You can get away without ever really leaving the city.
Alameda is just a stone’s throw from Oakland, but it might as well be another country. This tiny island in San Francisco Bay has a long and unique history. What was originally a peninsula became a bustling ferry and railroad hub, and evolved to a resort town turned suburban oasis.
MOOR YOUR VESSEL
On the south side of the island is Ballena Bay and Ballena Isle Marina, which provides limited guest mooring at the heart of the bay, for $1 per foot, or a minimum of $30 per night. Access Ballena Bay directly from the west side of the island; do not come through the estuary. Crown Memorial State Beach is nearby. On the other side of the island, through the estuary, Grand Marina offers some guest mooring, again at a rate of $1 per foot with a $30 minimum per night, and Alameda Marina has a guest dock and select guest berths.
PIECES OF HISTORY
In the early 1900s, the area that is now Crab Cove was home to what was known as Neptune Beach, or the “Coney Island of the West.” An affordable leisure spot, it had it all, from a dance hall to an Olympic-sized pool and even a rollercoaster. It is also famously known for being the first place that popsicles and snowcones were ever sold. When the Great Depression hit, and with the advent of the automobile, Neptune Beach’s convenient locale wasn’t such a draw anymore. Neptune Beach shuttered in 1940, and all the structures were sold off. Many of the Victorian-era homes and businesses still stand and can be spotted throughout town. Crab Cove, a nature preserve and quaint visitor’s center, now sits on this site.
SHOP IT UP
The Alameda Point Antiques Faire is held on the first Sunday of every month. It is known for being the largest antiques show in Northern California, with more than 800 dealer booths. All items are at least 20 years old. You could spend your whole Sunday there, but while you’re browsing the many booths, you should look up at the skyline of San Francisco; this locale boasts one of the best views in Alameda from across the bay.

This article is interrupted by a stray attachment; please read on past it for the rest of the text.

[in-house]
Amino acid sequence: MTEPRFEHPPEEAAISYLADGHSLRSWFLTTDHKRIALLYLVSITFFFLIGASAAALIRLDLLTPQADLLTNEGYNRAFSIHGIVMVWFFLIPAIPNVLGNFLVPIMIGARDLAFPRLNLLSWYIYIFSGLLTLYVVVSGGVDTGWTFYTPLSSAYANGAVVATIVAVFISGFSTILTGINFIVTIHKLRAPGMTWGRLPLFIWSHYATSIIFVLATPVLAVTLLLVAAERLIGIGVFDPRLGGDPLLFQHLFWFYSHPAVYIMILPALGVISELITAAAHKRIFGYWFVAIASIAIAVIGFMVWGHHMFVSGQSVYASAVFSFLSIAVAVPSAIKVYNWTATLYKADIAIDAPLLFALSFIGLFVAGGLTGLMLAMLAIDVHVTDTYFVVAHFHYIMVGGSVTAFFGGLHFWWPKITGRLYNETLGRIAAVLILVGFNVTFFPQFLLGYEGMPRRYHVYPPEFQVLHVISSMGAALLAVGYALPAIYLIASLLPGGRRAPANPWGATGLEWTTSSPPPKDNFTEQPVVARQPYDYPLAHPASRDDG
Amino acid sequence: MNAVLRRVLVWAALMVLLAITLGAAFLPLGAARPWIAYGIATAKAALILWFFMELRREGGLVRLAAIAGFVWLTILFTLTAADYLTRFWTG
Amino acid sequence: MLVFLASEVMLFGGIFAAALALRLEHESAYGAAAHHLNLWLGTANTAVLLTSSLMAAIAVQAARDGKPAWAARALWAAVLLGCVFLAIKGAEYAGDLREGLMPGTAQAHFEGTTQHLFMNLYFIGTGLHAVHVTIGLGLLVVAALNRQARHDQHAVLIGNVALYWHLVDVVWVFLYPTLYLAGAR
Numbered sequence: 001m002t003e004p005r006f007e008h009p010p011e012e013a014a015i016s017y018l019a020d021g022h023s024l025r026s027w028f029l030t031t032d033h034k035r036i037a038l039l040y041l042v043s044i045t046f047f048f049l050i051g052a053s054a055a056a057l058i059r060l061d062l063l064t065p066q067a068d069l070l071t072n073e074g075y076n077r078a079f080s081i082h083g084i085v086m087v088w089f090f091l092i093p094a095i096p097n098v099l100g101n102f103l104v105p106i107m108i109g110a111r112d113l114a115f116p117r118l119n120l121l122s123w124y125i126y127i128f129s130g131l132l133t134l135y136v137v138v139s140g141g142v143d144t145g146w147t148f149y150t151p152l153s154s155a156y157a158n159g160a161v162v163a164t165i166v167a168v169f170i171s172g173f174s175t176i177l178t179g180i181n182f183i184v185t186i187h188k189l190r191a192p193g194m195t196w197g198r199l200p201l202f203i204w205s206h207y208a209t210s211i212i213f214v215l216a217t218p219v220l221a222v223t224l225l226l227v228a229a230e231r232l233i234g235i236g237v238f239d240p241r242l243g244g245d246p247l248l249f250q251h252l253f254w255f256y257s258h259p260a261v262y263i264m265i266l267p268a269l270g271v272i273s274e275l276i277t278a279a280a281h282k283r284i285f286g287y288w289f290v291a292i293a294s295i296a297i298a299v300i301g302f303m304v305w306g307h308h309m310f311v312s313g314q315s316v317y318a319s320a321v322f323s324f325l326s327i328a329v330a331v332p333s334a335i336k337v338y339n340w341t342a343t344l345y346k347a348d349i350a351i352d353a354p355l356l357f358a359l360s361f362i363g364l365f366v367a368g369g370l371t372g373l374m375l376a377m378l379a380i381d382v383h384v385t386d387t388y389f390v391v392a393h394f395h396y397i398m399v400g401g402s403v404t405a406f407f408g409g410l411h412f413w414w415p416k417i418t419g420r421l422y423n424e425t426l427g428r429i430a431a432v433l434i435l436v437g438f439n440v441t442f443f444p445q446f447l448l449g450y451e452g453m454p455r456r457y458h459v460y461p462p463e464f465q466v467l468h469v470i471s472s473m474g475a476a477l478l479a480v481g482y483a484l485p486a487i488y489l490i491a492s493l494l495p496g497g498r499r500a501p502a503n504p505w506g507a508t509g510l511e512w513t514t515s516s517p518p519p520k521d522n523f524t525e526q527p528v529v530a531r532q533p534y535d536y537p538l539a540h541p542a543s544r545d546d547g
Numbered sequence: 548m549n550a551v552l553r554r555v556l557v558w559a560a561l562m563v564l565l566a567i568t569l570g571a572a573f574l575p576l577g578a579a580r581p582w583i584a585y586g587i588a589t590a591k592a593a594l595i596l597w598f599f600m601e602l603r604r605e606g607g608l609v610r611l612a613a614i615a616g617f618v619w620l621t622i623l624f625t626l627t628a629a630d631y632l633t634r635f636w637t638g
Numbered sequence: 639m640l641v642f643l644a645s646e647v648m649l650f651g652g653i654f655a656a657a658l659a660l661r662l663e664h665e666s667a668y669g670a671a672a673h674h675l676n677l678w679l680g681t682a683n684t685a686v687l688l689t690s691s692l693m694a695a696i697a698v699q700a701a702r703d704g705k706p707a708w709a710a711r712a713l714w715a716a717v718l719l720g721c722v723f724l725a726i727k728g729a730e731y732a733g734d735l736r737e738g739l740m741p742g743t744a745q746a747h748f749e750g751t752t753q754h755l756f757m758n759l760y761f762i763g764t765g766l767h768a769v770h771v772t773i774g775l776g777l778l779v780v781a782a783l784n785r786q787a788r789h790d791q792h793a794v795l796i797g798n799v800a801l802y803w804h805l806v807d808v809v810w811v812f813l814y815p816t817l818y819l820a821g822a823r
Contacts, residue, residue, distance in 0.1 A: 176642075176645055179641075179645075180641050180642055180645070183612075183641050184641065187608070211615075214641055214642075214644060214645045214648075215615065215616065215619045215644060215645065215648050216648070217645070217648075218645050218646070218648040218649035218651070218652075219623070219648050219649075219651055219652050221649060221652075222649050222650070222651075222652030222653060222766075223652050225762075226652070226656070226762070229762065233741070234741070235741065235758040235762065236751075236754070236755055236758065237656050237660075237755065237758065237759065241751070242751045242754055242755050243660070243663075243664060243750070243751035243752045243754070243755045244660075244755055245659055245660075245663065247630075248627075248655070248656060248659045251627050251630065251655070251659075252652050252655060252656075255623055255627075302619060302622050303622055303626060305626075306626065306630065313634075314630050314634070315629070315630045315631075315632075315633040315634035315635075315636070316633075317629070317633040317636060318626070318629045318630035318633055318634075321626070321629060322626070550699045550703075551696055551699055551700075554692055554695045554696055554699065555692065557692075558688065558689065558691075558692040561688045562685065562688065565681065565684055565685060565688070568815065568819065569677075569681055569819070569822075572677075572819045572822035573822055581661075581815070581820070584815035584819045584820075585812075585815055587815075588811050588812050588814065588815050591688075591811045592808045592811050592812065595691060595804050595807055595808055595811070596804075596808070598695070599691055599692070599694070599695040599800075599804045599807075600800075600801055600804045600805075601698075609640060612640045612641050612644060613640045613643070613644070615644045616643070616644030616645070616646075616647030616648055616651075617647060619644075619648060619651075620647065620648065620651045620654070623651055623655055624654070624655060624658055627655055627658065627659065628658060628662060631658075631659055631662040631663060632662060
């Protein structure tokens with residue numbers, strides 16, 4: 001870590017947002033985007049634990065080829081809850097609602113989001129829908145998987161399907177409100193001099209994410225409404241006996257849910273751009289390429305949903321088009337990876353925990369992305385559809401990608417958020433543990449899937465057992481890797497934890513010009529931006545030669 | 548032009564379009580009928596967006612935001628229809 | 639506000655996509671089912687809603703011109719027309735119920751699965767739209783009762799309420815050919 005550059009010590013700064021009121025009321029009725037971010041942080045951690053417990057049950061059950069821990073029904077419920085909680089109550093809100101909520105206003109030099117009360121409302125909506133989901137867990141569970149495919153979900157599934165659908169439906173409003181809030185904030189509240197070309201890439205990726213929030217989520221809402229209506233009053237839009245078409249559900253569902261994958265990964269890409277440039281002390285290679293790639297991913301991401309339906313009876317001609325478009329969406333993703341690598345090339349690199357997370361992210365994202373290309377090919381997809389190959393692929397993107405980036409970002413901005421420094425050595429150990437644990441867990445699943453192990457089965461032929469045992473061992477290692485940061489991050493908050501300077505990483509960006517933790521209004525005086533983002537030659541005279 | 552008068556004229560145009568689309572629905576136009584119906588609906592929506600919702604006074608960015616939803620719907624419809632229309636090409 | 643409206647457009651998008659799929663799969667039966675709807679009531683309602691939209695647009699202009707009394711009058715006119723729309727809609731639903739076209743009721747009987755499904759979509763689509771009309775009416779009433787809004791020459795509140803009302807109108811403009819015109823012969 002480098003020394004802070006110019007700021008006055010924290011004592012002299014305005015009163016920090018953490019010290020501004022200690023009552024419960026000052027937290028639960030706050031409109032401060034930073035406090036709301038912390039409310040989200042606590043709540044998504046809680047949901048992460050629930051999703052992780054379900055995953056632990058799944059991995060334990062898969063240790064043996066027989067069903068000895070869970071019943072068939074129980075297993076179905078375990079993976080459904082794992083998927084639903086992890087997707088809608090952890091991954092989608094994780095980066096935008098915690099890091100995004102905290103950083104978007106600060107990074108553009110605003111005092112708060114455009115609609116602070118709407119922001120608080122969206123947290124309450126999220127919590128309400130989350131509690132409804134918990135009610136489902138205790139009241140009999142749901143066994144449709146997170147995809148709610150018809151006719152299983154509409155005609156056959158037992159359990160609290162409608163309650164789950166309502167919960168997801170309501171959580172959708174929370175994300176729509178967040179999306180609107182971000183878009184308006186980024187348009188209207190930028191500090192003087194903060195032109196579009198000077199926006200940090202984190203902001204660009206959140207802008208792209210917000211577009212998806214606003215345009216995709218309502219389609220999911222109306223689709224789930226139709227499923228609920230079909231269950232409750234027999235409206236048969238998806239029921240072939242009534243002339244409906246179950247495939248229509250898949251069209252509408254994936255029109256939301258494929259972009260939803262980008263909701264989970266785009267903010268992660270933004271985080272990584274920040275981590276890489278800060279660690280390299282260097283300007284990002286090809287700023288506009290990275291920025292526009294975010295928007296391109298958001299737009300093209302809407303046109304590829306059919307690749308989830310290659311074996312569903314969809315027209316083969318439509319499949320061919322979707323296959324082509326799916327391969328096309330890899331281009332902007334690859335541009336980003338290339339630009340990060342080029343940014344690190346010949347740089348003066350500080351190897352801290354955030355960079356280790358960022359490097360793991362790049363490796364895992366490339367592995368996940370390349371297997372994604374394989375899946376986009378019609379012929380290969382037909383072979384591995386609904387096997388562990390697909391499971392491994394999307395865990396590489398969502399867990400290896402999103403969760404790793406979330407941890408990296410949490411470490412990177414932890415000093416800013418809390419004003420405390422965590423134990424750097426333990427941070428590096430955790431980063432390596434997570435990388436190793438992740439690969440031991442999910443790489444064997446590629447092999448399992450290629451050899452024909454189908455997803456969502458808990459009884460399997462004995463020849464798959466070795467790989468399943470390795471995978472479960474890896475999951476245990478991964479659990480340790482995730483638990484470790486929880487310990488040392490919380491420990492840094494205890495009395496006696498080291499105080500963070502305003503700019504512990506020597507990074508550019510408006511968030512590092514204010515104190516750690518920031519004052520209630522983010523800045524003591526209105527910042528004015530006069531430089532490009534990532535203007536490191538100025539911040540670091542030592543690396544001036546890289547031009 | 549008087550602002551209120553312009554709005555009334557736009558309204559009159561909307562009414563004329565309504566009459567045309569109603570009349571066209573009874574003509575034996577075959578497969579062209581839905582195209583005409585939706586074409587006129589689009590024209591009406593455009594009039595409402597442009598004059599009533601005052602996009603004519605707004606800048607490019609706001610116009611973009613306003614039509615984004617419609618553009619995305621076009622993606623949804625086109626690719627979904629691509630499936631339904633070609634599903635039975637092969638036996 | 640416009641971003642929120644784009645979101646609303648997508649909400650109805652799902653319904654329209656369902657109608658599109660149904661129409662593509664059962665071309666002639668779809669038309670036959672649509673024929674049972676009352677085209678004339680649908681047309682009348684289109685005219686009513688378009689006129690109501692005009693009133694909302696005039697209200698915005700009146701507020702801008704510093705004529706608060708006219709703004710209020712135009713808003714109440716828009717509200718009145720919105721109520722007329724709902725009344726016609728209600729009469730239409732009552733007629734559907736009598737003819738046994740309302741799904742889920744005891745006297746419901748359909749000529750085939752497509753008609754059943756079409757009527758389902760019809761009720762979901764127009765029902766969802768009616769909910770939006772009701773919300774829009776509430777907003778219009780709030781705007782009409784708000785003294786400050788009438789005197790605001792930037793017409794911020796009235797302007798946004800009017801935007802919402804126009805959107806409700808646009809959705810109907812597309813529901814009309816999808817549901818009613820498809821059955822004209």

FILL THE WINE FRIDGE
If your stock of liquid libations needs a boost, Alameda has a cache of wineries and distilleries you can tour and enjoy. Rock Wall Winery, Faction Brewing and St. George Spirits are located at Alameda Point. St. George Sprits is the first brand of American-made absinthe to be legally produced in the U.S. since it was banned in 1912.
HONOR THE HEROES
USS Hornet is a U.S. Navy aircraft carrier of the Essex class that was decommissioned in 1970 and is now open to the public. You can take a tour of the navigation bridge and the engine room, view more than a dozen U.S. Navy aircraft, and experience a flight simulator that lets you sample the thrill of flight and taking off from an aircraft carrier. Hornet is one of the most decorated aircraft carriers in the history of the Navy, playing a major part in the Pacific battles of WWII, the Vietnam War, and also serving as part of the Apollo program. It is purported to be one of the most haunted places in the world.
THE LIGHTER SIDE
One of America’s most iconic pastimes is marvelously preserved at the Pacific Pinball Museum. It offers a selection of 90 playable pinball machines that represent the evolution of flipper pinball. Collections regularly rotate to highlight pinball art and artists. The museum offers classes and hosts parties. The best part of all is that after you pay museum admission, you can play all the pinball machines for free — no quarters needed.
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